WinGet command line search screenshot

To see all of the commands check out the official MS documentation, or just type winget on the command line and you’ll get the full menu.

WinGet menu screenshot

You can also use the -? flag to get more information about how to use a command, such as:

winget upgrade -?

I already use Chocolatey / Scoop / etc

If you’re already using an alternate Windows package manager like Chocolatey or Scoop and are happy with it, stick with it. WinGet is still relatively new, so more mature alternatives may provide you with functionality that WinGet doesn’t have yet, or have a larger catalog with more obscure apps that you use. One feature I’m personally looking forward to is locking an app to a specific version so it doesn’t get updated when using the winget update --all command.

I enjoy that WinGet is already installed by default, has every app I’ve looked for, and that I can use it to update apps that I’ve manually installed too.

Conclusion

We’ve seen how easy it is to install apps using WinGet. Not only is it easy to install apps, but it’s also easy to update them, even if they weren’t installed by WinGet. The WinGet catalog is huge, so it likely has every app you want on it. And one of the best parts, it’s already pre-installed on Windows 10+, so there’s no setup required.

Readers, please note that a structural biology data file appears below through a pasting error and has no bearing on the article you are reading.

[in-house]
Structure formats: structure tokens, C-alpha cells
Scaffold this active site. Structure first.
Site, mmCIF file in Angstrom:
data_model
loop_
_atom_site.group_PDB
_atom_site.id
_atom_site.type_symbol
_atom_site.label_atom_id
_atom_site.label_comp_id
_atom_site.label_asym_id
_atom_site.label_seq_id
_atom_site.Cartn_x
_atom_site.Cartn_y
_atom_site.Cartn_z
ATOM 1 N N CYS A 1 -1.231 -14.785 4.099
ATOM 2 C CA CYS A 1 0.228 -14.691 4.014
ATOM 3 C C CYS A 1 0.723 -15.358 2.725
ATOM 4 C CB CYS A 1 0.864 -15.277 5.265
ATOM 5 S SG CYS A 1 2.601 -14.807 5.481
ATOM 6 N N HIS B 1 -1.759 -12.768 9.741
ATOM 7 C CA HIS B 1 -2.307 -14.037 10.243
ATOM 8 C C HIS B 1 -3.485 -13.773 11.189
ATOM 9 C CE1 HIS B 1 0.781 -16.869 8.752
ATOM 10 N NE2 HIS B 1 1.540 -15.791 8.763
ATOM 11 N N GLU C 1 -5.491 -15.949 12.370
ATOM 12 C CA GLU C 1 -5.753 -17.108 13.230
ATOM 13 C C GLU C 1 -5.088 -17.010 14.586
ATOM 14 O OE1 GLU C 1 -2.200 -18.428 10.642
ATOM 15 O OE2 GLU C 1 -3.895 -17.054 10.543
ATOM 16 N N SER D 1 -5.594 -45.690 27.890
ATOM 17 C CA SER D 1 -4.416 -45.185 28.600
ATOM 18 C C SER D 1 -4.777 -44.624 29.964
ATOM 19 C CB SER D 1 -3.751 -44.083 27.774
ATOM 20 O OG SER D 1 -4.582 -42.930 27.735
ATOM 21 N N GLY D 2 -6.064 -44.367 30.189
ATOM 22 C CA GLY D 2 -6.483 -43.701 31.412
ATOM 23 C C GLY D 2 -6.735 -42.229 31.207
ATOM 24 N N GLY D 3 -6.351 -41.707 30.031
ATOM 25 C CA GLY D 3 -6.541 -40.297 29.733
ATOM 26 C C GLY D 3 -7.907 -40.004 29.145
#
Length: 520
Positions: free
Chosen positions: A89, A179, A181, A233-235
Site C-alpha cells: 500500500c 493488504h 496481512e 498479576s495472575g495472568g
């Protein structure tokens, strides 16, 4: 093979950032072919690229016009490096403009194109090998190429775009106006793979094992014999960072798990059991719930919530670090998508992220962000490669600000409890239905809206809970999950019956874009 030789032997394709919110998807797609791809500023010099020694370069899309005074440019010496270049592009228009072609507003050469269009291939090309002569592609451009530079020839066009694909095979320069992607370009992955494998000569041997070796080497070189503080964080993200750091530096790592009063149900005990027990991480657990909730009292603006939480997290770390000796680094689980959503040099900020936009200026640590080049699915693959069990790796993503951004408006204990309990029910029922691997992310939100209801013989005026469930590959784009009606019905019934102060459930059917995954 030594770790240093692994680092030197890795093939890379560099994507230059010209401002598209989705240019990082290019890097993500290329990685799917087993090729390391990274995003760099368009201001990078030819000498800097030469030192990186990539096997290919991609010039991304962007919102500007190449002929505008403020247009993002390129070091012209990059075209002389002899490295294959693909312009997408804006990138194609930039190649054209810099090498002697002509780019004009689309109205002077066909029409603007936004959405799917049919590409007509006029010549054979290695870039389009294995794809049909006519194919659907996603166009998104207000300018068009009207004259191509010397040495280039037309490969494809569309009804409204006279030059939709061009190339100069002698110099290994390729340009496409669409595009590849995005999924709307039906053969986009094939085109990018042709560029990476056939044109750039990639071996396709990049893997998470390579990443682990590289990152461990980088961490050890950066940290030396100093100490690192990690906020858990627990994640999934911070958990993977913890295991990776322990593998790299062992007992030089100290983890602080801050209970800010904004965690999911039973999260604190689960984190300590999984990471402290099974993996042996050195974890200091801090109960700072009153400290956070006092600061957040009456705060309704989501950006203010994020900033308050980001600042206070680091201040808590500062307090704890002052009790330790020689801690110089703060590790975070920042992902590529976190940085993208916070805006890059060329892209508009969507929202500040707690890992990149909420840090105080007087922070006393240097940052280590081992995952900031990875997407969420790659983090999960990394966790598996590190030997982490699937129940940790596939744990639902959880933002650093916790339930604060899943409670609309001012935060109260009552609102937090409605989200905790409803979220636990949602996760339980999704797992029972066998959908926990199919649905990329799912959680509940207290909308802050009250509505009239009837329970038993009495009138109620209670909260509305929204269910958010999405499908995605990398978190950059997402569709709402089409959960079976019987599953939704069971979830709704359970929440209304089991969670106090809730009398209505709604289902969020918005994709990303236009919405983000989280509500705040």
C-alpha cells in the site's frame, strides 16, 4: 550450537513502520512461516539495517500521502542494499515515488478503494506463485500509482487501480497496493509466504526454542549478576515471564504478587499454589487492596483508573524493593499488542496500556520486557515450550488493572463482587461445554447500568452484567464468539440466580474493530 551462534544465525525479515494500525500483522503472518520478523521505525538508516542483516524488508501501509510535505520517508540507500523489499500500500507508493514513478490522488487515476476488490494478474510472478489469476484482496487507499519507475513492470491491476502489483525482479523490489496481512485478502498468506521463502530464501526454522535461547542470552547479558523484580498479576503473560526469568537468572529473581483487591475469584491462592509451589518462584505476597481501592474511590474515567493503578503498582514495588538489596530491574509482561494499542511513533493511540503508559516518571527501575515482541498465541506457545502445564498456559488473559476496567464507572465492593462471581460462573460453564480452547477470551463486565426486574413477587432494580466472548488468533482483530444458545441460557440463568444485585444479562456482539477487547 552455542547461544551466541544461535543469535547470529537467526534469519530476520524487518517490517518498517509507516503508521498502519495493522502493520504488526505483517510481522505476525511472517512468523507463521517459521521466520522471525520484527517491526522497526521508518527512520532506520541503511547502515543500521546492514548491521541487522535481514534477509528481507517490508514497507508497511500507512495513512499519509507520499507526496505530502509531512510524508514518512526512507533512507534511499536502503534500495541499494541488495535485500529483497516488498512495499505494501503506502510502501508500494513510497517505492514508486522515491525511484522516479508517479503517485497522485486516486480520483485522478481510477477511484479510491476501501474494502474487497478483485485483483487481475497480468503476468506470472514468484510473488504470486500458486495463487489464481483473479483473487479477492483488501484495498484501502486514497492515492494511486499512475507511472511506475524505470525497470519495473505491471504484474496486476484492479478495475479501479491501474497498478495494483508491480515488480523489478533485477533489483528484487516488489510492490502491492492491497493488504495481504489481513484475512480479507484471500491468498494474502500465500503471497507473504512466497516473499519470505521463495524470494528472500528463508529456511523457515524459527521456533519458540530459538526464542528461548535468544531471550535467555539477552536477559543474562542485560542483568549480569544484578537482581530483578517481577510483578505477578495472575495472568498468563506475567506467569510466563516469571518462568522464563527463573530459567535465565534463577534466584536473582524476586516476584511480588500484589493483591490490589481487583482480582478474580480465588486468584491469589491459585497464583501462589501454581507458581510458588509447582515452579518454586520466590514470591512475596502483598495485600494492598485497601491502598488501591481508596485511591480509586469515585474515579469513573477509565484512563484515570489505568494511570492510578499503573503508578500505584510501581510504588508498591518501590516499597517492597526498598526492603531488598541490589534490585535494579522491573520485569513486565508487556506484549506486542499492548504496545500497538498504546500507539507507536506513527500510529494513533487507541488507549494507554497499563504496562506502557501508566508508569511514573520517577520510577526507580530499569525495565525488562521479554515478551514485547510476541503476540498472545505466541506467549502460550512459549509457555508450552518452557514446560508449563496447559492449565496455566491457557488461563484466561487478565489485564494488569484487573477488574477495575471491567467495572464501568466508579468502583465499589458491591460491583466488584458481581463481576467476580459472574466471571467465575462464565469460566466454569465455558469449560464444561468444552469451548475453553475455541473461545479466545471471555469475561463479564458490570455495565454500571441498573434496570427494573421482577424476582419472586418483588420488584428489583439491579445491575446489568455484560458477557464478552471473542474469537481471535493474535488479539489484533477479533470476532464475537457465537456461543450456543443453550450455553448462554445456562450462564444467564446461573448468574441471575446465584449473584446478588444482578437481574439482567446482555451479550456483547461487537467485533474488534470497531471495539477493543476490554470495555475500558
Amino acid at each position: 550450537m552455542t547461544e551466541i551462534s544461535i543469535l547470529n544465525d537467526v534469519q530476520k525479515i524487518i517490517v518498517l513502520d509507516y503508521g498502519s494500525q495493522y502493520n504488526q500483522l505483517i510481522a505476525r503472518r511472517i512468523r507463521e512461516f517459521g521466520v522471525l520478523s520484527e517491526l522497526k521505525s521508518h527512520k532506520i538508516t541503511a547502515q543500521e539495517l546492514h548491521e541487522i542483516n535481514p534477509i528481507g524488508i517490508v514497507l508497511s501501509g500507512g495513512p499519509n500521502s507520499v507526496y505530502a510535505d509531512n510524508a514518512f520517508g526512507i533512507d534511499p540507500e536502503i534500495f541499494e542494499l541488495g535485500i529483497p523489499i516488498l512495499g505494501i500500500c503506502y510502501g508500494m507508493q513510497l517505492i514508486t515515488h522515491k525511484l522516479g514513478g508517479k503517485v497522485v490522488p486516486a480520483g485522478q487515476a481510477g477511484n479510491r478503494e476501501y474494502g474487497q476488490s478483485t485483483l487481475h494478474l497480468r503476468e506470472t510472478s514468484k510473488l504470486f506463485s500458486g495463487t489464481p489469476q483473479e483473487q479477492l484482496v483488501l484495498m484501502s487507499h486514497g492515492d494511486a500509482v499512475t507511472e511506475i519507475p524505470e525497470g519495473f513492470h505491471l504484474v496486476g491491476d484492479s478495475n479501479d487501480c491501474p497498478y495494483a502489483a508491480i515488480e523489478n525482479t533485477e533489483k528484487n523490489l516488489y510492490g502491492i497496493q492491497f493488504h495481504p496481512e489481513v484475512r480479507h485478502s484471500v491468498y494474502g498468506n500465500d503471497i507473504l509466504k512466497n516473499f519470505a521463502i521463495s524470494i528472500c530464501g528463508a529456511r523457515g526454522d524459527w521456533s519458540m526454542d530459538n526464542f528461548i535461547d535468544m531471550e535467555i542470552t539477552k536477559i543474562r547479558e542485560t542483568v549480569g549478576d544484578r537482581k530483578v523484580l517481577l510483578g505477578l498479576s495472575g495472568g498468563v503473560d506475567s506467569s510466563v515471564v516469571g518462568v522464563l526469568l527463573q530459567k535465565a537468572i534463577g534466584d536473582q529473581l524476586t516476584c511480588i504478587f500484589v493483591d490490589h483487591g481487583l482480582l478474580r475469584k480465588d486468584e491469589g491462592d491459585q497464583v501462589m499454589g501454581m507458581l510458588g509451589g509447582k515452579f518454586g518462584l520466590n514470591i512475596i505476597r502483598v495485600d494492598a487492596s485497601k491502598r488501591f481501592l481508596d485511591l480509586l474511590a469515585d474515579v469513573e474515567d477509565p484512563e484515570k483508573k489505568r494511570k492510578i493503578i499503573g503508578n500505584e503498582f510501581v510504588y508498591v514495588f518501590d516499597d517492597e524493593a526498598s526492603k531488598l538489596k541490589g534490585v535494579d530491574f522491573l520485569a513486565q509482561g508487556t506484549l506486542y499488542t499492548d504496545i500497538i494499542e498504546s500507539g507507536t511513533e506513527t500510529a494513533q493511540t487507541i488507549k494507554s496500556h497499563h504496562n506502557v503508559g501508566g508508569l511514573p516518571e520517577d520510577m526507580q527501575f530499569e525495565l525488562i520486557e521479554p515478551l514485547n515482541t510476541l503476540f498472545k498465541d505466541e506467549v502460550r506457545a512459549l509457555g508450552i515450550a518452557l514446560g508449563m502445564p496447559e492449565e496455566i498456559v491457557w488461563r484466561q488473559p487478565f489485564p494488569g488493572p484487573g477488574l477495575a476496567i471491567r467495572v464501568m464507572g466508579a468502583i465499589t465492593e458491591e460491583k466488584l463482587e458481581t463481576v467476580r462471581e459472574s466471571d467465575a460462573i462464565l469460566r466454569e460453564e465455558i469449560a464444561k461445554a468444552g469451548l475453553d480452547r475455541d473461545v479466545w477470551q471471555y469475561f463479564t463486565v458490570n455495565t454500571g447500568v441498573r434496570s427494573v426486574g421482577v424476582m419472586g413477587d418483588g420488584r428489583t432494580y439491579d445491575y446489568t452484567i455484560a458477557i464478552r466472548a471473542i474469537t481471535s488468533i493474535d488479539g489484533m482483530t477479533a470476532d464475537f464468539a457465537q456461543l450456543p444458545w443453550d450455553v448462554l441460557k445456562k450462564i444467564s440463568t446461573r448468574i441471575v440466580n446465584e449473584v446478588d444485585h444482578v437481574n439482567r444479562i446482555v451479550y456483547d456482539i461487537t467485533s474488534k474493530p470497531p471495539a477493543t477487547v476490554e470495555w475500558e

Aside

Microsoft is currently looking at allowing the Microsoft Store to install Win32 apps as well. Hopefully once that’s complete it will provide a similar experience to WinGet and pull apps from the same catalog. It would be great since the Microsoft Store apps not only auto-update by themselves, but also roam with your account, so once you log in on a computer it installs your apps with zero effort from you. Unfortunately that future is not a reality yet, and it’s too early to speculate what that user experience will be like, so in the meantime we can use WinGet to make our lives easier.

Happy installing!

Update: There is one app that I couldn’t find on WinGet yet, which is Paint.Net. There’s a request open for the app developer to considering putting it on WinGet.